Have you ever decided to catch up on a little paperwork after hours or on a weekend, shoved a few resident medical or billing records into your briefcase or downloaded them onto your iPad or laptop? Sure you have. But you might want to think twice about that for yourself and your employees, or at least tread carefully.

In February 2016, the Office of Civil Rights (OCR) of the U.S. Department of Health and Human Services slapped Lincare, a national provider of respiratory care, infusion therapy and medical equipment for in-home patients, with a $239,800 fine for an employee who took patient charts containing protected health information home, then changed residences and just left the records behind. The records were discovered by an unauthorized individual. OCR charged Lincare with violations of the Health Insurance Portability and Accountability Act (HIPAA) and, for only the second time in history, used civil fines, not education or other sanctions, to make its point.

Lincare defended the allegations before a federal administrative law judge, arguing the employee stole patient records. Lincare lost. The ALJ upheld OCR’s allegations on all counts, finding that Lincare knew employees routinely took patient records home, had an unwritten policy requiring employees to store patient records in their vehicles for extended periods of time and, as to the theft defense, even if true, then Lincare had inadequate policies and procedures governing employee removal and storage of patient charts and against theft of them. The OCR also alleged, and the ALJ agreed, that even after learning of the complaint about the abandoned records, Lincare took only minimal efforts to correct its policies and strengthen procedures to ensure HIPAA compliance.

To be sure, providers of in-home goods and services face a tougher time ensuring HIPAA-compliant protection of patients’ Protected Health Information (PHI). But the issue isn’t limited to home care providers or vendors. We handled a case last year involving the storage of resident PHI on an employee’s personal, unencrypted cell phone, and the Centers for Medicare and Medicaid Services jumped all over it, requiring a multi-layered Directed Plan of Correction.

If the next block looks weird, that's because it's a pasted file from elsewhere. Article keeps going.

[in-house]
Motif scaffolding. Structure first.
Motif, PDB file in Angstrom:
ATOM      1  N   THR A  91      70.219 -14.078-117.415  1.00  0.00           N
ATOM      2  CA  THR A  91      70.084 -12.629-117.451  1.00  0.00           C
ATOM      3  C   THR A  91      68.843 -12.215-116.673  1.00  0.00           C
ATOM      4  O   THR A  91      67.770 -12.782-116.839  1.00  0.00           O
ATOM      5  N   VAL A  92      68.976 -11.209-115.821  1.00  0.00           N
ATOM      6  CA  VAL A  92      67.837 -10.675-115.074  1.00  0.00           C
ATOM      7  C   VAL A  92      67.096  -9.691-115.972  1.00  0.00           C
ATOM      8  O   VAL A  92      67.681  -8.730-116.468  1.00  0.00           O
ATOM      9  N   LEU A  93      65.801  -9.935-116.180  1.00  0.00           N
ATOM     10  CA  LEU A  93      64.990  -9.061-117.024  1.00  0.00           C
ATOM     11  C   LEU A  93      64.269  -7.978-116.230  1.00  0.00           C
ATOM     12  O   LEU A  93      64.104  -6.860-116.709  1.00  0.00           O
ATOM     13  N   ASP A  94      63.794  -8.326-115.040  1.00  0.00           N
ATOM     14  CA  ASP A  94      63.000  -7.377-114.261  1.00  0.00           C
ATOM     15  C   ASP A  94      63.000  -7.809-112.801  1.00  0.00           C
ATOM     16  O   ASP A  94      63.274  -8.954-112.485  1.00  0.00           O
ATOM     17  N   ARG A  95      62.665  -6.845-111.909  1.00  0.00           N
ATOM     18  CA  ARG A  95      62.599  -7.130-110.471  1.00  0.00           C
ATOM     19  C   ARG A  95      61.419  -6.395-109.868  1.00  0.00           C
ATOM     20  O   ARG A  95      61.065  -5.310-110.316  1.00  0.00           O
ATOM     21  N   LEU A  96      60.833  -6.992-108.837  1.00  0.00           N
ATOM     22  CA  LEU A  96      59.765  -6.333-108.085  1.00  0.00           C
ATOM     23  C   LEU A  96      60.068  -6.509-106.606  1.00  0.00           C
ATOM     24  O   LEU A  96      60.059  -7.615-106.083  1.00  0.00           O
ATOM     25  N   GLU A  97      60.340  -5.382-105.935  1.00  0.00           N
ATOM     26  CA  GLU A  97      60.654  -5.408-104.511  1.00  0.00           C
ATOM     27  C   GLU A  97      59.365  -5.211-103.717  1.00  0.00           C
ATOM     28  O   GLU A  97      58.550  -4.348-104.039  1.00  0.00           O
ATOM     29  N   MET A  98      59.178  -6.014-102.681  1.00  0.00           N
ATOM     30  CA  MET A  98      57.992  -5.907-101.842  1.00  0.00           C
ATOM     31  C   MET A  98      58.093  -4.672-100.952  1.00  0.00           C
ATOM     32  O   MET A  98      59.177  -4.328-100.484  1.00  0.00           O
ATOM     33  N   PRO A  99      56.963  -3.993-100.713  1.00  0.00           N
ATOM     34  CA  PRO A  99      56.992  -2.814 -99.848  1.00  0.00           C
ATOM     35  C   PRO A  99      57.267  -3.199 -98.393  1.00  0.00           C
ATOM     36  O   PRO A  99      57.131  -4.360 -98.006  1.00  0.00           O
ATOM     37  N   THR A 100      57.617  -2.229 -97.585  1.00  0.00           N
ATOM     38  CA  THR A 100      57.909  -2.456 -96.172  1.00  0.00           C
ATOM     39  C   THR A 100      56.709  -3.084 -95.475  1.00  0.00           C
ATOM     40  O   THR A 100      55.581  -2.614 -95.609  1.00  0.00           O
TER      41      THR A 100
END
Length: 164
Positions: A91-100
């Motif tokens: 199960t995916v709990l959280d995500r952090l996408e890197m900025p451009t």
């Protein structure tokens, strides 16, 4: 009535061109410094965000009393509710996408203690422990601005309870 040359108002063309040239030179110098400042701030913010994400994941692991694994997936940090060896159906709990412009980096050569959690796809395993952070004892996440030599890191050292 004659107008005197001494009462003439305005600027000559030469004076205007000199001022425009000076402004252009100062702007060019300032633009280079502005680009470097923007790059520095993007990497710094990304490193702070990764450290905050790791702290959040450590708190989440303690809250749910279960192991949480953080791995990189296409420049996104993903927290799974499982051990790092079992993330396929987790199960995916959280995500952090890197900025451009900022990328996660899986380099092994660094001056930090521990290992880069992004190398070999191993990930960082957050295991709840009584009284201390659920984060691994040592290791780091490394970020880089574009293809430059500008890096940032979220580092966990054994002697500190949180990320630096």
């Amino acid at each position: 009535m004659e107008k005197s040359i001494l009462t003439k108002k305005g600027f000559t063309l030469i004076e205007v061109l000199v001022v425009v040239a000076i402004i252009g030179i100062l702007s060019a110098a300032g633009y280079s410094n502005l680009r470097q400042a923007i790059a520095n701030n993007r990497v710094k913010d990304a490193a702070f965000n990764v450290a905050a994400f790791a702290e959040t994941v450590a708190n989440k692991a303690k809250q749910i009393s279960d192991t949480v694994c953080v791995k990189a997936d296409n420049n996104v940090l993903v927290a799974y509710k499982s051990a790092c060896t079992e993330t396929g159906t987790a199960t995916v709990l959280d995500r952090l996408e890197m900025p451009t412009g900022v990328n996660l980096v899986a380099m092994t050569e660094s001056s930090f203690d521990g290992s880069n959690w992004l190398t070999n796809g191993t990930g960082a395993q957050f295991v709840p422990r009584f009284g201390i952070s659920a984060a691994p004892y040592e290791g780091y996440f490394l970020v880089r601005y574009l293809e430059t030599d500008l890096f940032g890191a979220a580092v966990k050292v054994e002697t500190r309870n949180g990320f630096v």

So what to do? Ensure that you have robust policies and procedures governing when employees may remove charts or copies of charts from the facility or business premises; how those must be stored, whether in hard-copy format or electronically; how they can be used and return protocols. Also ensure that all employees transmit and/or store PHI only on work-approved or -issued, encrypted electronic devices. Your policies and procedures have to address these and other issues where work practices potentially permit the unauthorized disclosure of residents’ confidential health or financial information.

The OCR, in its press release, served notice that it’s more than willing to prosecute complaints of unauthorized disclosure of PHI, and to use civil money fines to enforce the law.

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